87th LegislatureState HouseCalls for Stripping Quorum-Breaking Democrats of Chairmanships Heighten as Window for Action Closes

Only days remain in the state's second special session and the window of opportunity for Republicans to punish Democrats who broke quorum is closing.
September 2, 2021
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The 40-day breach of quorum is now in the Texas legislature’s rearview mirror, though recourse for those fifty-some-odd Democratic legislators remains a looming question mark and the window of opportunity is closing.

Debate to revoke chairmanships began shortly after the group of Democrats jettisoned off to Washington, D.C. 

Rep. Tony Tinderholt (R-Arlington) immediately filed a House rules change to provide a roadmap toward revoking chairmanships for absentee members and levy other punishments. Tinderholt had introduced that language each of the last few legislative sessions, but again it went nowhere.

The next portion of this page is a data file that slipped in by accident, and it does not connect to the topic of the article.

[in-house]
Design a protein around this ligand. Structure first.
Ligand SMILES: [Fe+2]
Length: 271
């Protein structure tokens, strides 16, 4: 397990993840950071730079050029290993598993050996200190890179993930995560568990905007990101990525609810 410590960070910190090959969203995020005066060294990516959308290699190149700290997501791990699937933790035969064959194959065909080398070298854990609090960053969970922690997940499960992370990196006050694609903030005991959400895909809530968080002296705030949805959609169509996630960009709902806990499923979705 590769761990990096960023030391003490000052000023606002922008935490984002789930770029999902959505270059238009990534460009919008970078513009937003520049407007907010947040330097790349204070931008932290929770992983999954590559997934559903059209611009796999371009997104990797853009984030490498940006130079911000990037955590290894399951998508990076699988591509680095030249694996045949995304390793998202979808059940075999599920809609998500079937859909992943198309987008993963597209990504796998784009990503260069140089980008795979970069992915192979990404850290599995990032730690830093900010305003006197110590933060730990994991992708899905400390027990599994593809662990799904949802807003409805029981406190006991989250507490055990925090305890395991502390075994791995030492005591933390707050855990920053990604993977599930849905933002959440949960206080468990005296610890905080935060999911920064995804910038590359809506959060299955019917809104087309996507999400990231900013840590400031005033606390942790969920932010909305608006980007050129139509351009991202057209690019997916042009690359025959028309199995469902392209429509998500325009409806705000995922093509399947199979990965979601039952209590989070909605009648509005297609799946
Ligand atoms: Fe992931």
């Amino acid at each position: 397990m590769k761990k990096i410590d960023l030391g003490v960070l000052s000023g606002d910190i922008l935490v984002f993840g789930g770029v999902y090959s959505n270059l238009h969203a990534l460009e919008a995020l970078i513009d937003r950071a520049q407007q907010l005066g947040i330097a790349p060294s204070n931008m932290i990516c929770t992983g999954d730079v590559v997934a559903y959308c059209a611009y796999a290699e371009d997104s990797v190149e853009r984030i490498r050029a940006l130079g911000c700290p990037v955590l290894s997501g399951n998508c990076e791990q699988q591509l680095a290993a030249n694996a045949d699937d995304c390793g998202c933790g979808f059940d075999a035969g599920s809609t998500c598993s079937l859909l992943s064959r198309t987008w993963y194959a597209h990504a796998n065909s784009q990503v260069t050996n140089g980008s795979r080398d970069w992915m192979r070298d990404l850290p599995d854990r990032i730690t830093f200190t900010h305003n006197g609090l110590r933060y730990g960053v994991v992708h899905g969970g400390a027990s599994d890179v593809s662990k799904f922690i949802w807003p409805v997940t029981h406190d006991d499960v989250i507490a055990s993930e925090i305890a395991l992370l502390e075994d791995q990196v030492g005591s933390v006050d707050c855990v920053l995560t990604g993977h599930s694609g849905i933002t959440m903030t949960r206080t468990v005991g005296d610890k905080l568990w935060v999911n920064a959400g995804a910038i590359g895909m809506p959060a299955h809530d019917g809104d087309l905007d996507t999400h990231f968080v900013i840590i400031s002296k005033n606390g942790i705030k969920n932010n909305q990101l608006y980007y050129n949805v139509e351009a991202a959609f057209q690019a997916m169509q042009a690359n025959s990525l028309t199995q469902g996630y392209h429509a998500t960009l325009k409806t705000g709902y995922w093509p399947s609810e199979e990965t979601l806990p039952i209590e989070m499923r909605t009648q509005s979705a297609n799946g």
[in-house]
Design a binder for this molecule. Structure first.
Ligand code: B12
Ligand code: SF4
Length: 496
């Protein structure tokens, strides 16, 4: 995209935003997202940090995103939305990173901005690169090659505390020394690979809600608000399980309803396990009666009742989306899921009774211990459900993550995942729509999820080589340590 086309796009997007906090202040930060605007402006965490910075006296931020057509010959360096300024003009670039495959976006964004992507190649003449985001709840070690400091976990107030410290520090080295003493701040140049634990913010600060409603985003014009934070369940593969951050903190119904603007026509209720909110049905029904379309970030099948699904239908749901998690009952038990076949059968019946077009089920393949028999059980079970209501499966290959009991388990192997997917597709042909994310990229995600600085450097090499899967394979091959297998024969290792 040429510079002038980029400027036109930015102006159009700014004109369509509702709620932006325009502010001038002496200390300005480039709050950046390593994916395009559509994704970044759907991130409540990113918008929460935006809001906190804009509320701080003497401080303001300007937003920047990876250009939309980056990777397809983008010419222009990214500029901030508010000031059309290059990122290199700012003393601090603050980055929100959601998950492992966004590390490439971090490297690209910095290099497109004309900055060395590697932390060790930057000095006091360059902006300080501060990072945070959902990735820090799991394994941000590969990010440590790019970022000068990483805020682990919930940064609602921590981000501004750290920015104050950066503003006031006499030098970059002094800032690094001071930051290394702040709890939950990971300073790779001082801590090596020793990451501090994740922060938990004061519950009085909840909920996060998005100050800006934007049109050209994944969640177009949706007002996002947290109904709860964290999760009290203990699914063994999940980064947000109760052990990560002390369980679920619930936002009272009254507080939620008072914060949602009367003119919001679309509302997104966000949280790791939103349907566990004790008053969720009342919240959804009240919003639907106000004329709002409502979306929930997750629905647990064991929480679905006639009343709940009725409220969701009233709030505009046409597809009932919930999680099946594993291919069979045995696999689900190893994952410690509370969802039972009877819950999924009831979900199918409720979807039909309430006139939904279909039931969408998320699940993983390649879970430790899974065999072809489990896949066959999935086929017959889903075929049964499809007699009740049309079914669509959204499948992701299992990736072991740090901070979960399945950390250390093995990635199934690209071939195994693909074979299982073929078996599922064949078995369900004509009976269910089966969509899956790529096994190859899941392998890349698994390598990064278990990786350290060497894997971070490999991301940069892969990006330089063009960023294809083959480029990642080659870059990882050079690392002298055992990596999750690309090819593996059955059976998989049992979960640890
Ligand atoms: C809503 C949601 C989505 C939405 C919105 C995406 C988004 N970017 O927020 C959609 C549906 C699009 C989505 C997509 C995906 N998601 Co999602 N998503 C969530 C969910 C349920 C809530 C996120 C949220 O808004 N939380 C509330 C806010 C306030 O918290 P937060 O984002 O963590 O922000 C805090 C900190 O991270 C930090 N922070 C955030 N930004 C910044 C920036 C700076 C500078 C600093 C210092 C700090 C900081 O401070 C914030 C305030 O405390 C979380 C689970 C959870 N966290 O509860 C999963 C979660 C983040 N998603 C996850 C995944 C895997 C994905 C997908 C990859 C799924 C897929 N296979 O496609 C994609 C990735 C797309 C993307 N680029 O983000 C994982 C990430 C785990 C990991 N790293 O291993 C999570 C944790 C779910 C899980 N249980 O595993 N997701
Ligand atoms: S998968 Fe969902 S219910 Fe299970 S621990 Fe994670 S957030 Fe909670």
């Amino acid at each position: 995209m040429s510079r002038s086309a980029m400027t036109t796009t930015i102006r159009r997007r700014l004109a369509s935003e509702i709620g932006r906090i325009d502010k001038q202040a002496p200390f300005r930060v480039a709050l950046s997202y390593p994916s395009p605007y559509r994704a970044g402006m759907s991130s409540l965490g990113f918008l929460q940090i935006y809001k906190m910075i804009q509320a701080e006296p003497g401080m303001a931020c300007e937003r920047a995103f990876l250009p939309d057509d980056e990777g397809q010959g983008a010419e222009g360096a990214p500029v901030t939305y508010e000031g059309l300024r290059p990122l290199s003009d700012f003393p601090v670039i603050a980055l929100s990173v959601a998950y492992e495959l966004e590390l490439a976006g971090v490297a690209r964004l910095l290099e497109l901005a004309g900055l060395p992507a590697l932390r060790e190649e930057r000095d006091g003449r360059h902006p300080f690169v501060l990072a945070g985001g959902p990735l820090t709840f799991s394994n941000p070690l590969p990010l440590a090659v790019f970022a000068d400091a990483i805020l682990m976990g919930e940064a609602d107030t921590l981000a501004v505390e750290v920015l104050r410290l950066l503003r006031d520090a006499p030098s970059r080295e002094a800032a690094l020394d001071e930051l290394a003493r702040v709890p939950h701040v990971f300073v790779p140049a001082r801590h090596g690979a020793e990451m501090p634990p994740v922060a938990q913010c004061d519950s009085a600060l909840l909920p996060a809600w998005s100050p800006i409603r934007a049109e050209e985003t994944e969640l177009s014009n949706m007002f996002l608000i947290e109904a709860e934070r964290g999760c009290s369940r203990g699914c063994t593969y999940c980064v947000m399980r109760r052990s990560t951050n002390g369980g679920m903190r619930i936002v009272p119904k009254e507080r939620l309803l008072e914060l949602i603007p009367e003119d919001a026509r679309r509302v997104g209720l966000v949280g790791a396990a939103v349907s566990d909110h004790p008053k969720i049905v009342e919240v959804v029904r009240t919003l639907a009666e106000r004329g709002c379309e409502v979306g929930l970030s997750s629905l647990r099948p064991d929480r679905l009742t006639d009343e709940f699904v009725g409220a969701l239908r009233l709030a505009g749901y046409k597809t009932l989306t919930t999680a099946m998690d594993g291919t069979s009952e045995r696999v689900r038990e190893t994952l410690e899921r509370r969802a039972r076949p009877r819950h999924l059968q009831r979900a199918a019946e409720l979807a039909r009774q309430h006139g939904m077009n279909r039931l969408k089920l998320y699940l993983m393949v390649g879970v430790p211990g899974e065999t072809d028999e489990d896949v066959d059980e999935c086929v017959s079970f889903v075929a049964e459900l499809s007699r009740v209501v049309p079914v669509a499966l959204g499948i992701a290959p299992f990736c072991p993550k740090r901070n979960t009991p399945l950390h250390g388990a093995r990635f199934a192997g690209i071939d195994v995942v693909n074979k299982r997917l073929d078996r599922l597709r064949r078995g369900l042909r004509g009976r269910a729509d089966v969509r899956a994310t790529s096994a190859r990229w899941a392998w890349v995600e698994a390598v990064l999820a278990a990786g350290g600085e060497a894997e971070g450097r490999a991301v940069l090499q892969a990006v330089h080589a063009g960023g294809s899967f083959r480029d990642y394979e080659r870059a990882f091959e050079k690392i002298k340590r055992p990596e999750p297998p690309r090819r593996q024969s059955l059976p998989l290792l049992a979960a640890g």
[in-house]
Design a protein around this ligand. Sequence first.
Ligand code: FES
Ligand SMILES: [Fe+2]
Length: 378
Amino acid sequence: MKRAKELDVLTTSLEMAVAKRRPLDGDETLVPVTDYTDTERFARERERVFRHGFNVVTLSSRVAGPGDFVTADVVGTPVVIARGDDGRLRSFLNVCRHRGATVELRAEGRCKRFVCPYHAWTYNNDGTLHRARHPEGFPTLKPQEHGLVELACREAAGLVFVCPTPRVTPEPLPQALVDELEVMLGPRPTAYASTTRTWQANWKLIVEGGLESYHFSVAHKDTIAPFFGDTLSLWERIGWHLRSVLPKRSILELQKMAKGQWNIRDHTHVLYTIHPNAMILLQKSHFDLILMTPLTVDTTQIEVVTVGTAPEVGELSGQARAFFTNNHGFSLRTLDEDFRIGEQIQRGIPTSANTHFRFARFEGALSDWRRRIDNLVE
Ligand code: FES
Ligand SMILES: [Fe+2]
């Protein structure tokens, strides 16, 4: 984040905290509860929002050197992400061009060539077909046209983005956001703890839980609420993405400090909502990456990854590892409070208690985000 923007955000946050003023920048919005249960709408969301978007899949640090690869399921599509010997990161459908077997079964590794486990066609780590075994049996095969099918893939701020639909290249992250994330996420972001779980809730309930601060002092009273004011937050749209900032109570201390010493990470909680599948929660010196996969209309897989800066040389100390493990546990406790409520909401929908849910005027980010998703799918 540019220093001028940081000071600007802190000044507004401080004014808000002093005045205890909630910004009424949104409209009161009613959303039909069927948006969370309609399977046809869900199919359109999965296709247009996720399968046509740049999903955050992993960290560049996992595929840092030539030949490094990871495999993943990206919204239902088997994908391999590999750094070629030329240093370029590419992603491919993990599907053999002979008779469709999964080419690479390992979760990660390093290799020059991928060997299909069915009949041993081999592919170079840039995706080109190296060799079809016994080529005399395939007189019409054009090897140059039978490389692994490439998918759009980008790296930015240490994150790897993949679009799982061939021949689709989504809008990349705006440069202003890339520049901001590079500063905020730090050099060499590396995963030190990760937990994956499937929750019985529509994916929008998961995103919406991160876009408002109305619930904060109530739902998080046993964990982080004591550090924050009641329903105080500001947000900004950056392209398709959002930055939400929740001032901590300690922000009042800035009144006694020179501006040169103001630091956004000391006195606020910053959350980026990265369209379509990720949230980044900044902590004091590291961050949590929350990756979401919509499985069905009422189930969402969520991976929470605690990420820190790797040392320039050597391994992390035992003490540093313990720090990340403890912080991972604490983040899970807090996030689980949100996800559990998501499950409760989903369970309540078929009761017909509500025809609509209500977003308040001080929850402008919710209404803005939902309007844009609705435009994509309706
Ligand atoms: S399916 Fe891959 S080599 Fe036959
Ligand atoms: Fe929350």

The issue sparked an even more esoteric debate over whether such a maneuver could be voted on without a quorum — with Republican legislators falling on different sides of the question despite much of the delegation agreeing that chairmanships should be revoked.

At the center of the dispute is whether Tinderholt’s or a similar resolution could be considered “incidental to the call of the House,” and thus eligible for consideration without a quorum.

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Once a quorum was restored on August 19, a new and more comprehensive resolution was filed by Rep. Cody Vasut (R-Angleton) — one of the members who disagreed with Tinderholt’s assessment that his resolution could be considered without a quorum.

If adopted, House Resolution (HR) 72 would not only establish automatic triggers for committee chair positions to be revoked after a certain number of days of unexcused absences, but it also would retroactively apply to those who spent much of this summer in D.C.

In addition to other consequences, the resolution would end the debate between Tinderholt and Vasut by explicitly defining these motions as “incidental” to the call of the House.

At a Monday press conference, most of the Texas Freedom Caucus’ members alongside other conservative and Republican legislators and Texas GOP Chair Matt Rinaldi rallied behind the resolution.

“We need to have changes to our rules that empower, frankly, less than a quorum to be able to do something about [quorum breaks],” Vasut said.

“[HR 72 creates] automatic penalties that make sure quorum busting doesn’t happen in the future, or that if it does, that there are severe consequences for it.”